On 20/07/2020 I attended another beneficial L3 study hangout presented by Dr Ariadne Xenou and with quite a few fellow students. Topics of discussion were our Contextual Studies and also issues of authorship.
Firstly, we introduced what stage we are at with our studies on Level 3 so everybody could gain some insight into how others are finding the two modules. It was useful for me to briefly recap where I was with my studies. This was because it reaffirmed in my head how far I had come and what still needed to be done. Also some students were completing Contextual Studies quicker than Body of Work, whereas my Body of Work was drawing to a finish and I am about to submit my draft for the extended written project (Assignment 4). This was interesting because it showed different students have different rates of working and synthesising the theoretical and practical work.
Then Ariadne introduced the main topic for our discussion which was: What makes a good submission for Contextual Studies? We covered all of the important areas making up Contextual Studies. The first topic included expectations for the extended written project and how to use sources effectively to contribute to the thesis.
In terms of the extended written project, Ariadne spoke of two words that assessors are looking for: coherence and cohesion. Coherence means making sure the essay reads well and is clear. Cohesion was more interesting for me as Ariadne spoke of threads linking the cohesion of the essay. These threads included analysis of both images and sources as well as engaging in critical dialogue.
Then, we as a group discussed sources, specifically in the extended written project. There were some minor revelations in the points brought up from this discussion and some regarding sources I was already aware of. I was aware of not stifling my argument by only using sources as a way of reiterating what I am saying. What I wasn’t aware of was that it is also possible to choose to use sources I disagree with and then say why I argue against the points made. In my thesis I can use the sources (whether I agree with them or not) to engage with, developing my points and arguments. Lastly, regarding sources, we discussed images which are not distinct from written sources in terms of the ability to analyse and critically engage with them.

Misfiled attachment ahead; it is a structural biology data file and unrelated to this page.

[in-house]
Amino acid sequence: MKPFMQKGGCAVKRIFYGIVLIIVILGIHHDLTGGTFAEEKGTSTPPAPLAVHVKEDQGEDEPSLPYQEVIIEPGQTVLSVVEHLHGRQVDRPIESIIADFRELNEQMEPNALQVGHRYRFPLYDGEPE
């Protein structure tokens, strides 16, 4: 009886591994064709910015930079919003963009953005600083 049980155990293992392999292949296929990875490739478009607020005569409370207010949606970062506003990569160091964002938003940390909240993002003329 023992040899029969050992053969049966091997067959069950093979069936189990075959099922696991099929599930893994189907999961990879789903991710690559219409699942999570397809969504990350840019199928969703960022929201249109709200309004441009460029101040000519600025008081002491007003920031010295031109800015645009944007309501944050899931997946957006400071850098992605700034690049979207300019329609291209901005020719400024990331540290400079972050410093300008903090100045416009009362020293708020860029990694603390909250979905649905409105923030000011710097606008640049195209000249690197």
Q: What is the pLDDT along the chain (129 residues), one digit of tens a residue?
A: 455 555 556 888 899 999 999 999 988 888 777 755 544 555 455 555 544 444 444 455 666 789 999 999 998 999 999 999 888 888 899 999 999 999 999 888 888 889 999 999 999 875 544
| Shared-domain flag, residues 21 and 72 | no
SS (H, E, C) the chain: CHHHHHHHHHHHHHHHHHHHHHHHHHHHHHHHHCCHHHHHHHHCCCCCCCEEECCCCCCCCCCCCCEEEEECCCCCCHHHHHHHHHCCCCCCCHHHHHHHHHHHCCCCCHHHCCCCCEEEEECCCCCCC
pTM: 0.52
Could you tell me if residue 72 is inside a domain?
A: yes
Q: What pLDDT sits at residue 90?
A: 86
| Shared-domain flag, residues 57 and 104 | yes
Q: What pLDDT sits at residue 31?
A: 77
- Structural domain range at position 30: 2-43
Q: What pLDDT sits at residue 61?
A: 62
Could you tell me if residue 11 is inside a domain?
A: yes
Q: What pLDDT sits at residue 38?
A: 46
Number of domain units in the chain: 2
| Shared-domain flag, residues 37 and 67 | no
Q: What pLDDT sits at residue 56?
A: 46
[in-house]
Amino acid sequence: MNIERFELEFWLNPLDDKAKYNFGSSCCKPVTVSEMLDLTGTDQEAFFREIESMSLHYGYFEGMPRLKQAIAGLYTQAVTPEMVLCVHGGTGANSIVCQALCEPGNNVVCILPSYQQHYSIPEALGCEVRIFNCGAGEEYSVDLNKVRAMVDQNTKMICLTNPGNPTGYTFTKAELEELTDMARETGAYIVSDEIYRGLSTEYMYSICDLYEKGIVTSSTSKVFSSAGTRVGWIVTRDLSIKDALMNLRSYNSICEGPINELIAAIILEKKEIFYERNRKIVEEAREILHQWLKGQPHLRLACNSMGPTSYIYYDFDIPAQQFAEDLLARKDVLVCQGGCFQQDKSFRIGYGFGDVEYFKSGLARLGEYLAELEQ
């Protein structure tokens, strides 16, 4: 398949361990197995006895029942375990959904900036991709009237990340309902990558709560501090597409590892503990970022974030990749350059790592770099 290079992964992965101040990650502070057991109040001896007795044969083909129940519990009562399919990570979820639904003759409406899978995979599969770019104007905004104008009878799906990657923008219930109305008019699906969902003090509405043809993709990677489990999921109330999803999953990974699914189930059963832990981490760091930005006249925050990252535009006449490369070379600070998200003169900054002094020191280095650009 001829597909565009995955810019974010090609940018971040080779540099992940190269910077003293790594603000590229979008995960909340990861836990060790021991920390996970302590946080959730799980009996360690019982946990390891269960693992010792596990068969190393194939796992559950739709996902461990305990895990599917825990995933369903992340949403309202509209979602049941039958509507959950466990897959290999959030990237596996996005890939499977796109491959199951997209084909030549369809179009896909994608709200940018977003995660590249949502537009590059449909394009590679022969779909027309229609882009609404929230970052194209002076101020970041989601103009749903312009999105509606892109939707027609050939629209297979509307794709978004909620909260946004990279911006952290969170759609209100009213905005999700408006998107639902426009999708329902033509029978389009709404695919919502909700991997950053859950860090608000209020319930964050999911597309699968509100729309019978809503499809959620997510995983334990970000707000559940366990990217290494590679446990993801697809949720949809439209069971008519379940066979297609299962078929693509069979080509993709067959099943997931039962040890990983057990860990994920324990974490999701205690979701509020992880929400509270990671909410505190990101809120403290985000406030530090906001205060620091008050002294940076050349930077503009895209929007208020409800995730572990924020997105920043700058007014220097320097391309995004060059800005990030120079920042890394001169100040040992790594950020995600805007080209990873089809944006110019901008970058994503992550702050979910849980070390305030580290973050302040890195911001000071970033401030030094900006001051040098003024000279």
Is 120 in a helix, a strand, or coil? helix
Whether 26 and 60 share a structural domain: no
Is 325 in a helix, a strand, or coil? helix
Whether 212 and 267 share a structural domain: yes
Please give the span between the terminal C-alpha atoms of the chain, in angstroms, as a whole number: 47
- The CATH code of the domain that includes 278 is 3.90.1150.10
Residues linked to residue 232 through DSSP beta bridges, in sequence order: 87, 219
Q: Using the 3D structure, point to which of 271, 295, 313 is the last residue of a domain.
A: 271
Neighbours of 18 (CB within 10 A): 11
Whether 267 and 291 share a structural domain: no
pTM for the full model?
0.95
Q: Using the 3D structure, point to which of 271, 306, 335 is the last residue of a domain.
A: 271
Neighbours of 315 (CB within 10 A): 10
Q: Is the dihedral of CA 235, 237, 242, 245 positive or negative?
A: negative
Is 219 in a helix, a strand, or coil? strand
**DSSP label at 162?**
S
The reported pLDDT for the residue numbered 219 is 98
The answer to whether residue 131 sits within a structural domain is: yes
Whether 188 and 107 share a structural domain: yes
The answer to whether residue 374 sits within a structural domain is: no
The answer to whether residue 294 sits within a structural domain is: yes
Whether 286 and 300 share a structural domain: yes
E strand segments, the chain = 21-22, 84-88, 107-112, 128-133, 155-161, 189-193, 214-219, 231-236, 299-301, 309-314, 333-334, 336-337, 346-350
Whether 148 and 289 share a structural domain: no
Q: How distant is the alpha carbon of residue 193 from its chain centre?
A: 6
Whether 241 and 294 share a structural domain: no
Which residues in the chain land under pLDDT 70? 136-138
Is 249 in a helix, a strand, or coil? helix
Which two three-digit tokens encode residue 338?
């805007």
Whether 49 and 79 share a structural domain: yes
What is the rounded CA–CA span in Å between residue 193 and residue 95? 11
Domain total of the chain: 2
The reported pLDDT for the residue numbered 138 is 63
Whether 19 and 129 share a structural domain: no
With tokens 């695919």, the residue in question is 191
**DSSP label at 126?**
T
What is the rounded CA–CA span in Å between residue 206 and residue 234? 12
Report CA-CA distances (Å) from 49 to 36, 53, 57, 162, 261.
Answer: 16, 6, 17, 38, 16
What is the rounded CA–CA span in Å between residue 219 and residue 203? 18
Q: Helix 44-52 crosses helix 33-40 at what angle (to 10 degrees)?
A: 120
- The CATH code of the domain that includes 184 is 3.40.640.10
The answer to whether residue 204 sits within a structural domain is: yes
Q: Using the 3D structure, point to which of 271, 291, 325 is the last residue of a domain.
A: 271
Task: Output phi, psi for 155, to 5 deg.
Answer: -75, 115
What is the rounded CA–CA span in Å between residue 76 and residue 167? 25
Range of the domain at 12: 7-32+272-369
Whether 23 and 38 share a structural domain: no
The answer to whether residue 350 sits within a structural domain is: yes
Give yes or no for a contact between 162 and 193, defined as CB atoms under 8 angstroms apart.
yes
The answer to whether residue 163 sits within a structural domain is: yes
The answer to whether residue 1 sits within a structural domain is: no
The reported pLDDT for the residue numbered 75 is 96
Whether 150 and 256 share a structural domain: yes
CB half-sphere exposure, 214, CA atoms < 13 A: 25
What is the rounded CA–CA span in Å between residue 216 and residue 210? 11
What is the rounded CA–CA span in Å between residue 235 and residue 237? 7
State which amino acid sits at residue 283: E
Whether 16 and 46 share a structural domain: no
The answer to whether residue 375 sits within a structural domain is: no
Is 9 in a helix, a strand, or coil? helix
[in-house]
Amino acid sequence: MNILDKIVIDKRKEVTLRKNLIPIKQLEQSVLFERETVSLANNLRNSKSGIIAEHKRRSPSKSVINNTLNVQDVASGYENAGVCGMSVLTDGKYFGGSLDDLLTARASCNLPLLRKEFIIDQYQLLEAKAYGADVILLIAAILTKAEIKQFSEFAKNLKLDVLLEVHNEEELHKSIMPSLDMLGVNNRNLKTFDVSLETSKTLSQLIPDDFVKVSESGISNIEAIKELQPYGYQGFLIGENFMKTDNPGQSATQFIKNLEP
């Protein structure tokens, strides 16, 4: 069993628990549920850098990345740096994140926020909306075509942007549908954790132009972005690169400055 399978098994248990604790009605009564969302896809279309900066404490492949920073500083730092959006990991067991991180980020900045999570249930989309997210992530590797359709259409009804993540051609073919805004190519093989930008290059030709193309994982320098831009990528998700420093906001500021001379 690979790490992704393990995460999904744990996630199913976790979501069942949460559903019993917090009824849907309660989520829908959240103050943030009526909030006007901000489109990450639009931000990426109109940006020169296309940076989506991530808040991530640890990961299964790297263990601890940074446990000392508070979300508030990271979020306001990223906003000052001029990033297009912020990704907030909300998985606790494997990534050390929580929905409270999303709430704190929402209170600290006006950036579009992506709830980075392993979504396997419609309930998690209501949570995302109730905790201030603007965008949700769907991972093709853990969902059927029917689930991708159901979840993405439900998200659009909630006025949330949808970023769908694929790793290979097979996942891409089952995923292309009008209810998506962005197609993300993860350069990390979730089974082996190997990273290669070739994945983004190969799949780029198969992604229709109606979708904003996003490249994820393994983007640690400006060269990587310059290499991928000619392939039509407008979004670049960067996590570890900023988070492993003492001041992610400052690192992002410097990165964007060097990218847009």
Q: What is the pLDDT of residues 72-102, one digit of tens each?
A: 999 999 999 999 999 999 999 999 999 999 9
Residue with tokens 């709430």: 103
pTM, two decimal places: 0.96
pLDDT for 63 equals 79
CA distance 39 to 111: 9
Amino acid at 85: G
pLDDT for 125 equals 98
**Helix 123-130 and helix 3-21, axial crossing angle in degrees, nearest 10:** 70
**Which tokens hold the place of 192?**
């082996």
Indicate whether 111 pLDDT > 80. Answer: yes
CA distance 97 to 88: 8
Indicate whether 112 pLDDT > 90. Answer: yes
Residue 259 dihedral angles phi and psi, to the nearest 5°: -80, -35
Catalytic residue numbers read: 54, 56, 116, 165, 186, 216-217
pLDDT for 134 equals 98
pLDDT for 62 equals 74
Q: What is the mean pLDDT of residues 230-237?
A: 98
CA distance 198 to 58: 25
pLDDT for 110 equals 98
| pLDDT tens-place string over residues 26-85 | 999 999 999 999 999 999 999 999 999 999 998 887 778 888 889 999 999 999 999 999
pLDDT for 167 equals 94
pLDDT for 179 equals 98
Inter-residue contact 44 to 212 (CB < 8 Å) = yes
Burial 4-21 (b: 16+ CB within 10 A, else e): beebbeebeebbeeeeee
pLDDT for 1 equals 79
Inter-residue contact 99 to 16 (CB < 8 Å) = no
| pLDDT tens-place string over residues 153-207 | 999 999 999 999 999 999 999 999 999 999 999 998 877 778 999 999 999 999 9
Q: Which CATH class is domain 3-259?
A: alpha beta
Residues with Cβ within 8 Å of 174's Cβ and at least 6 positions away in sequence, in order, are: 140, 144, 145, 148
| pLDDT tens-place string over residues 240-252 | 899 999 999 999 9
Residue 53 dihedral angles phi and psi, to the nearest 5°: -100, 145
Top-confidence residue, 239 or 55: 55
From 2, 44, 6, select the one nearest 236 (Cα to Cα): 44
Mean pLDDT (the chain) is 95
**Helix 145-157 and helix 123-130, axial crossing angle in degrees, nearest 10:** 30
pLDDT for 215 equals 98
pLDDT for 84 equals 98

Also we talked about how to compile a research folder while remembering to have research conducted on some of the links/sources that is being referenced in the folder.
Then finally as a closing topic we conversed about The Death of the Author (1967) by Roland Barthes. Ariadne asked us what was Barthes saying in The Death of the Author (1967) and whether we agreed with it. I said I thought The Death of the Author (1967) is about authorship and meaning being not with the ‘author’ but instead the reader. Ariadne and a fellow student introduced the idea that Barthes was against the idea of the ‘genius’ author, originating from Romanticism. We discussed the concept of all work coming from somewhere i.e. all work is not original but part of a web where we are influenced by what is around us and has gone before us. The work communicates the message, not the author and their apparent ‘genius’.
I agree with Barthes in so much as there is often still a notion of the prevailing ‘genius’ in art. This is problematic because the ‘genius’ creates work so original they are credited as the ‘author’. Even if the artist wasn’t deemed a genius, there is still the problem of their work being original. I agree all art comes from somewhere so no art is truly original. Using the word author sounds commanding like they alone created the work. However, I would replace the word author with narrator as this person can in my opinion direct the message the reader can infer from a work of art. This is especially true with a series of works as the voice of the narrator is more apparent with multiple works. In terms of photography, Howells (2011:205) argues ‘Even if we agree with Scruton and accept that a single photograph cannot be much more than a piece of information about its subject-matter, the situation radically changes when we insert that individual photograph in the context of a photographer’s work as a whole.’ I agree with this statement but would also add it is possible for the photographer or narrator to influence the message gained by the reader.
For me this was a great, stimulating way to end the hangout and I certainly got more from discussing The Death of the Author (1967) with the others than I did reading it alone. Overall I am pleased to have attended another L3 study hangout and I feel I learnt a lot both regarding my Contextual Studies and the issue of authorship.
Barthes, R. (1967) The Death of the Author. At: http://www.tbook.constantvzw.org/wp-content/death_authorbarthes.pdf (Accessed 21/07/2020).
Howells, R. (2011) Visual Culture. Cambridge: Polity Press, pp. 183-205.